Another pretty sunset - have been getting lucky with them!


Watch the girls run to Charlie when he calls them as he pretends to find a goodie!



:o)






Monday, November 21, 2016

The Anhinga

H/T  to JC for recommending this gorgeous bird!!





Anhinga

From Wikipedia, the free encyclopedia
For the bird genus Anhinga, see Darter.
Anhinga
Anhinga anhinga -Costa Rica-8.jpg
Male in Costa Rica
Scientific classification
Kingdom: Animalia
Phylum: Chordata
Class: Aves
Order: Suliformes
Family: Anhingidae
Genus: Anhinga
Species: A. anhinga
Binomial name
Anhinga anhinga
(Linnaeus, 1766)
Subspecies
A. a. anhinga
A. a. leucogaster
Anhinga Range.png
Range of A. anhinga      Breeding range     Resident range
Synonyms
Plotus anhinga

The anhinga (/ænˈhɪŋɡə/; Anhinga anhinga), sometimes called snakebird, darter, American darter, or water turkey, is a water bird of the warmer parts of the Americas. The word anhinga comes from the Brazilian Tupi language and means devil bird or snake bird. When swimming the origin of the name snakebird is apparent: only the colored neck appears above water so the bird looks like a snake ready to strike. They do not have external nares (nostrils) and breathe solely through their epiglottis.
The anhinga is placed in the darter family, Anhingidae, and is closely related to Indian (Anhinga melanogaster), African (A. rufa), and Australian (A. novaehollandiae) darters. Like other darters, the anhinga hunts by spearing fishes and other small prey using its sharp, slender beak.

Anhinga species are found all over the world in warm shallow waters. The American anhinga has been subdivided into two subspecies, A. a. anhinga and A. a. leucogaster, based on their location. A. a. anhinga can be found mainly east of the Andes in South America and also the islands of Trinidad and Tobago. A. a. leucogaster can be found in the southern United States, Mexico, Cuba, and Grenada. A fossil species Anhinga walterbolesi has been described from the Late Oligocene to Early Miocene of Australia.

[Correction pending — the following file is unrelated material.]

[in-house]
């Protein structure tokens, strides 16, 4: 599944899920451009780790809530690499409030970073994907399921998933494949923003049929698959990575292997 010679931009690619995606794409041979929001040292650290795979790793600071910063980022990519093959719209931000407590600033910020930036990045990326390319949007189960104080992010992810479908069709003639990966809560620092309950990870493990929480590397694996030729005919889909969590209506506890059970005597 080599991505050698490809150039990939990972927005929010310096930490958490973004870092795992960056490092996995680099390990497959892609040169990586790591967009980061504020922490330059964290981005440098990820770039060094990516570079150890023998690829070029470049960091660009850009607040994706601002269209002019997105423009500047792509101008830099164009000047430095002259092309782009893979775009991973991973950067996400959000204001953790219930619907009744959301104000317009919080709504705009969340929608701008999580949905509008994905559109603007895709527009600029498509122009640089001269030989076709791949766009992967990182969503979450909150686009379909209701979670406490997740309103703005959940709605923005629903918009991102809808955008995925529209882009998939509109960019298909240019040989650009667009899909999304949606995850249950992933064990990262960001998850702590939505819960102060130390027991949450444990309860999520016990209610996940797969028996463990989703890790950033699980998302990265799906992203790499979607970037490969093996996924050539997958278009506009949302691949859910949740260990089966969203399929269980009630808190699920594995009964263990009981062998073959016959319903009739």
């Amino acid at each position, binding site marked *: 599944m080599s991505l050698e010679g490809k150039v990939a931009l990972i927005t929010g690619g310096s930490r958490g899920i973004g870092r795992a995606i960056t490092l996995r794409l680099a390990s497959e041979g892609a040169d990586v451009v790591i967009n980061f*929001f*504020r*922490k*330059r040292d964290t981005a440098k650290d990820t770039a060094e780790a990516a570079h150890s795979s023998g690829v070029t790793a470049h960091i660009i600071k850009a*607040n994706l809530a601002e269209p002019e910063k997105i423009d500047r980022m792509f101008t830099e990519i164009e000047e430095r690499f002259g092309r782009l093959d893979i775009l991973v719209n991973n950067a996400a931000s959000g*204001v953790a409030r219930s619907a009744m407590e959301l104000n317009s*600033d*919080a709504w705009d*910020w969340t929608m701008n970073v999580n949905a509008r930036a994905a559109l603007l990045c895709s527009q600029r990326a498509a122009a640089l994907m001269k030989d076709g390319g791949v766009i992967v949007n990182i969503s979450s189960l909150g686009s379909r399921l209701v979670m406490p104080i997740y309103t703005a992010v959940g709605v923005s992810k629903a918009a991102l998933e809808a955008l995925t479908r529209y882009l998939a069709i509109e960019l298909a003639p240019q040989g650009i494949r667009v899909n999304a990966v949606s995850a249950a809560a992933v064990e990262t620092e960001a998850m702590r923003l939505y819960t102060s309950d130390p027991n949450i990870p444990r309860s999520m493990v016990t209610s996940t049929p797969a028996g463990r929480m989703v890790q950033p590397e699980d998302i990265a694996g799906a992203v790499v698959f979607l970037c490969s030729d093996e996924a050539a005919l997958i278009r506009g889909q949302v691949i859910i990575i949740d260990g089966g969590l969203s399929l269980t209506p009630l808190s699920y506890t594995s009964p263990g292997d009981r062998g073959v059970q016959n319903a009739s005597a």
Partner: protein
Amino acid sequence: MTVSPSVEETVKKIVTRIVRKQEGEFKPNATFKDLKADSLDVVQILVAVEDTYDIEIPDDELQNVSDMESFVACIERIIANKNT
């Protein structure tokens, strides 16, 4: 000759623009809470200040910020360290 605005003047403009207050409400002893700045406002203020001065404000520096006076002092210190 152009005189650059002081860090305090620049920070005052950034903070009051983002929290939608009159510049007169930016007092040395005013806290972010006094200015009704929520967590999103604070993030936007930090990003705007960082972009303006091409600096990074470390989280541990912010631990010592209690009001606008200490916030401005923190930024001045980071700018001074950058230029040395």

Only birds that live in the extreme north and south of their range migrate and do so based on temperature and available sunlight. Anhingas will migrate towards the equator during winter but this range is "determined by the amount of sunshine to warm the chilled birds". Although not in their usual range, anhingas have been found as far north as the states of Pennsylvania and Wisconsin in the United States.
Kettles of anhingas often migrate with other birds and have been described as resembling black paper gliders.

Description

The A. anhinga species is a large bird and measures approximately 89 cm (35 in) in length, with a range of 75–95 cm (30–37 in), with a 1.14 m (3.7 ft) wingspan. The A. a. anhinga subspecies is larger than A. a. leucogaster and has "broader buffy tail lips". They weigh on average around 1.22 kg (2.7 lb), with a range of 1.04–1.35 kg (2.3–3.0 lb). The bill is relatively long (about twice the length of the head), sharply pointed and yellow as are the webbed feet.
Most of the male anhinga's body is a glossy black green with the wings, base of wings, and tail being a glossy black blue. The tip of the tail has white feathers. The back of the head and the neck have elongated feathers that have been described as gray or light purple-white. The upper back of the body and wings is spotted or streaked with white.
The female anhinga is similar to the male except that it has a pale gray-buff or light brown head, neck, and upper chest. The lower chest or breast is a chestnut color and as compared to the male, the female has a more brown back
The hatchling starts out bald but gains tan down within a few days of hatching. Within two weeks the tan down has been replaced by white down. Three weeks after hatching, the first juvenile feathers appear. Juveniles are mostly brown until first breeding after the second or third winter.